Pittsburgh's Brand-New, 107-Year-Old Self-Storage Business: A Conversion Tale
Copyright 2014 by Virgo Publishing.
Posted on: 07/04/2013


By Nick Lackner

When we opened the door to our self-storage facility in November 2012, we initially thought of it as a “grand opening.” In actuality, it was more of a grand re-opening. That’s because the building was originally built for a different kind of storage: the Pittsburgh Terminal Warehouses. In fact, to my knowledge, City Center Self Storage is the only self-storage facility in a building that’s on the National Historic Register. This posed some unique challenges but also a significant number of benefits that are tough to find even with today’s new construction.

Good Bones

Our experience is probably unlike that of most other self-storage operators and developers. Many facilities are built from the ground up as new construction. Ours was a conversion project. Built in 1906, the original complex was designed expressly for storage. Perfectly located at the junction of rail, river and roads, Terminal Warehouses (now called River Walk Corporate Centre) instantly became the hub of Pittsburgh storage.

A composite of the original Pittsburgh Terminal Warehouses.

River Walk was the perfect location for us for the very same reasons. Its proximity to downtown make it accessible to the city and suburbs. Three courses of brick construction, high ceilings and thick floors provide natural climate control and built-in security. More than 48 working elevators translated into easy access to the upper floors. It was the perfect building to house our new business. Best of all, it had almost 250,000 square feet of available space!

Onsite Construction Team

Having picked our location, we needed to identify architects, contractors and electricians for the build-out phase. Fortunately, we found one of each right in our building. The architect and contractor are both long-term tenants and have intimate knowledge of the property, its construction and the underlying systems. They literally worked next door and were on site every day, ensuring rapid adjustment of plans and quick decisions.

Likewise, the electrician was on the board of directors for River Walk Corporate Centre and had done most of the electrical upgrades over the years. This talented, committed team was instrumental to our on-time, on-budget opening.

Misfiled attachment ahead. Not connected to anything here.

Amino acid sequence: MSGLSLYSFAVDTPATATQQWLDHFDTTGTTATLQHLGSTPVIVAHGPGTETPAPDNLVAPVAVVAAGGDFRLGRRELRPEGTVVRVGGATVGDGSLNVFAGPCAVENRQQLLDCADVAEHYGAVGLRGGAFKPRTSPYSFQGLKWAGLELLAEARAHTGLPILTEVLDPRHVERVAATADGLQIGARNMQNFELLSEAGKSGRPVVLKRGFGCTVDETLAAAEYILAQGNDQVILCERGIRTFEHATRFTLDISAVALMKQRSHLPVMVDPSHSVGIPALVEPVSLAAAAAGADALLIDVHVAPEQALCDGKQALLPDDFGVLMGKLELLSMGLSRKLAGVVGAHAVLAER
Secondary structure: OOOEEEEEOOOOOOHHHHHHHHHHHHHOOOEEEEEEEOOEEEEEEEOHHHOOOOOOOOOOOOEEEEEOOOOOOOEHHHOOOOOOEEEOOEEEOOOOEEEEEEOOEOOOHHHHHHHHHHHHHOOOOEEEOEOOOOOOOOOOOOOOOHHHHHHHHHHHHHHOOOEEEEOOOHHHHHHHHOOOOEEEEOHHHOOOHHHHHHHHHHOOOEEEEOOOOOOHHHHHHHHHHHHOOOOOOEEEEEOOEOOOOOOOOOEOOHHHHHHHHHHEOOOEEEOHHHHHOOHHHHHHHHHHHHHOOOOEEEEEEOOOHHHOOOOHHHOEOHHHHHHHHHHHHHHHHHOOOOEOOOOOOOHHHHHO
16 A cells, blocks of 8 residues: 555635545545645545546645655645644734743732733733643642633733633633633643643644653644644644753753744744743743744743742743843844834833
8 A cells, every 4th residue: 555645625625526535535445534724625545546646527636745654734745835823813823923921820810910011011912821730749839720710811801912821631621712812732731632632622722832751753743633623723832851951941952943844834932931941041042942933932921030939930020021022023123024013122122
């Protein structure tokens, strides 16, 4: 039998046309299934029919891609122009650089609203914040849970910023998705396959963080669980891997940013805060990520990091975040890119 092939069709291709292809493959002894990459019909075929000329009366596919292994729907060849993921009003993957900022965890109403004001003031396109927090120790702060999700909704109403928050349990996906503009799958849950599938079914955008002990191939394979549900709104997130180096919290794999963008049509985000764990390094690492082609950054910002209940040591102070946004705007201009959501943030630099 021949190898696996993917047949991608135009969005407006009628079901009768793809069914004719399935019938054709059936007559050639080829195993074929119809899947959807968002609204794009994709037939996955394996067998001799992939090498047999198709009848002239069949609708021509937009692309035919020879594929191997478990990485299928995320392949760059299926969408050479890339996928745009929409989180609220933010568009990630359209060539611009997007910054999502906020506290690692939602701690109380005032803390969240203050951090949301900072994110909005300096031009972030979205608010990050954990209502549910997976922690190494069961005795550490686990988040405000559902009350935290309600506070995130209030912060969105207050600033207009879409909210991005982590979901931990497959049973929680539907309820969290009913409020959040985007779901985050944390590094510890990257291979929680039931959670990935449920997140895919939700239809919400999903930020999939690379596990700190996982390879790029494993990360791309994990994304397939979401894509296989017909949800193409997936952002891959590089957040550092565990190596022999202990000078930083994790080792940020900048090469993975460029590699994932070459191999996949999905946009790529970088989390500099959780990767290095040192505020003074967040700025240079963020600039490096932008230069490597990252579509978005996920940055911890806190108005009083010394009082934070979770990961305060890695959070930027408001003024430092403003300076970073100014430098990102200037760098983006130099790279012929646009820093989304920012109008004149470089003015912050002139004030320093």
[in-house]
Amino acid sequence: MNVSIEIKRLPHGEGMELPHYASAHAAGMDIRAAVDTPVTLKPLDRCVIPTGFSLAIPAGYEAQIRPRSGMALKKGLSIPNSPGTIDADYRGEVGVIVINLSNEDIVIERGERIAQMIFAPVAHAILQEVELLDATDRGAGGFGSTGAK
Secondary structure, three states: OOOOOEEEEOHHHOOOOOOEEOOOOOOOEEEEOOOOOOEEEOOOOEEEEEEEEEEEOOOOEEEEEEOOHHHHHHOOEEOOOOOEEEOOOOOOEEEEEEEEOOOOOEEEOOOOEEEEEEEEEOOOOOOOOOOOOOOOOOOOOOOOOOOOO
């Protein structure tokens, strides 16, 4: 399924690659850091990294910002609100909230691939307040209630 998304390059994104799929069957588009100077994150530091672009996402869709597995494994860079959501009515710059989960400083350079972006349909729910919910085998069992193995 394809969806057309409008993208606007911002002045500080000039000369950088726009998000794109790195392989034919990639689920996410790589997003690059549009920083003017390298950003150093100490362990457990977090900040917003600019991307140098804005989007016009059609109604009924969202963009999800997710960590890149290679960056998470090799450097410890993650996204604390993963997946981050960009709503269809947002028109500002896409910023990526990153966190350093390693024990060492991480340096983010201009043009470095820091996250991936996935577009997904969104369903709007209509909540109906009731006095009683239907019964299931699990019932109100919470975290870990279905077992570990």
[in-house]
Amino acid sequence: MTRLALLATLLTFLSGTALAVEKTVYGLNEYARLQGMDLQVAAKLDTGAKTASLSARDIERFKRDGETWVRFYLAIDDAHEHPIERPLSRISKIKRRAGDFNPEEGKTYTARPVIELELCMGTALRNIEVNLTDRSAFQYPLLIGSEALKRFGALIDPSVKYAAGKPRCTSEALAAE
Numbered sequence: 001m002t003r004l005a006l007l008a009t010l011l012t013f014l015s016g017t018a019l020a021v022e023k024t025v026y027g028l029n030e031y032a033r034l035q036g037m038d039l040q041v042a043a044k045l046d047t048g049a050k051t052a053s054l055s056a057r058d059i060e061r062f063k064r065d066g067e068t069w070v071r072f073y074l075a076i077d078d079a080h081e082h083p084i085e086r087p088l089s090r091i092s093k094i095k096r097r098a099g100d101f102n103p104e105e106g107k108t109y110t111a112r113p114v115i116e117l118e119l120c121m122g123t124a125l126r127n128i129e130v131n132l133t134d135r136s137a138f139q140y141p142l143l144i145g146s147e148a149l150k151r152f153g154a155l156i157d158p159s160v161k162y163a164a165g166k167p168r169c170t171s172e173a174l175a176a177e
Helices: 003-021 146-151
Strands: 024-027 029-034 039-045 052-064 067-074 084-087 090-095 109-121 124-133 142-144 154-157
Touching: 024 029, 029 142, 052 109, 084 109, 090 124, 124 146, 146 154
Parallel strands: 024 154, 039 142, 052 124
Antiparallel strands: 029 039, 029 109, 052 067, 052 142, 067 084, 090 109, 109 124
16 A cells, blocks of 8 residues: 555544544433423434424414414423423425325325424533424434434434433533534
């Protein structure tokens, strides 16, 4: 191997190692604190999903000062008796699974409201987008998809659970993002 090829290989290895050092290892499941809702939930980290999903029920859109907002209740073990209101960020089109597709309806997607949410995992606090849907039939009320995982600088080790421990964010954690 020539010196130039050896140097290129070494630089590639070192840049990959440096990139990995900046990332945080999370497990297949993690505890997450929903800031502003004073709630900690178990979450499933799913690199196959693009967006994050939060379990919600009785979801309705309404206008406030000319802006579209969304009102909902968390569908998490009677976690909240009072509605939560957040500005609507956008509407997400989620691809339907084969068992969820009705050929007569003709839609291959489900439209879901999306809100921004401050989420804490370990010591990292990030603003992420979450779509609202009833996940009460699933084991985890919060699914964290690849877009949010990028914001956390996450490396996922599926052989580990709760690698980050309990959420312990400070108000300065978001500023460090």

We benefited tremendously from the open floor plan of the building, which included high ceilings and wide hallways perfectly sized for the initial build out of 80 climate-controlled units, with 40 on the first floor and an additional 40 on the fifth floor. All we needed to do was paint the walls and floors and install an intelligent, energy-efficient lighting system that responded to motion and sound.

However, we had to create our office and storefront from scratch, and this is where much of the construction effort went. We wanted a clean, welcoming, modern look for our office—a place where customers could not only store with us, but relax, have a cup of coffee and potentially even do some work.

We selected a raw bay on the first floor that faced the street and the flow of traffic. The storefront consists of large windows that were built to match the building’s original turn-of-the-century architecture. To ensure security, our architect cleverly hid automatic steel roll-up doors above the storefront windows that close at night. Our welcoming, IKEA-furnished office and customer-registration workstation are the perfect complement to the 107-year-old historic structure.

Lighting in the hallways is trigged by motion-sensors switch lights to eliminate unnecessary energy usage.We took advantage of an existing separate room and turned it into a conference room to which we added free Wi-Fi and a coffee maker. On weekends, children play and color while their parents do the heavy work of moving in and out. On weekdays, our mobile business customers use it as a remote office. We even provide free access to the conference room for community groups and neighborhood associations. It’s been a great way to increase exposure and become a vital part of the neighborhood.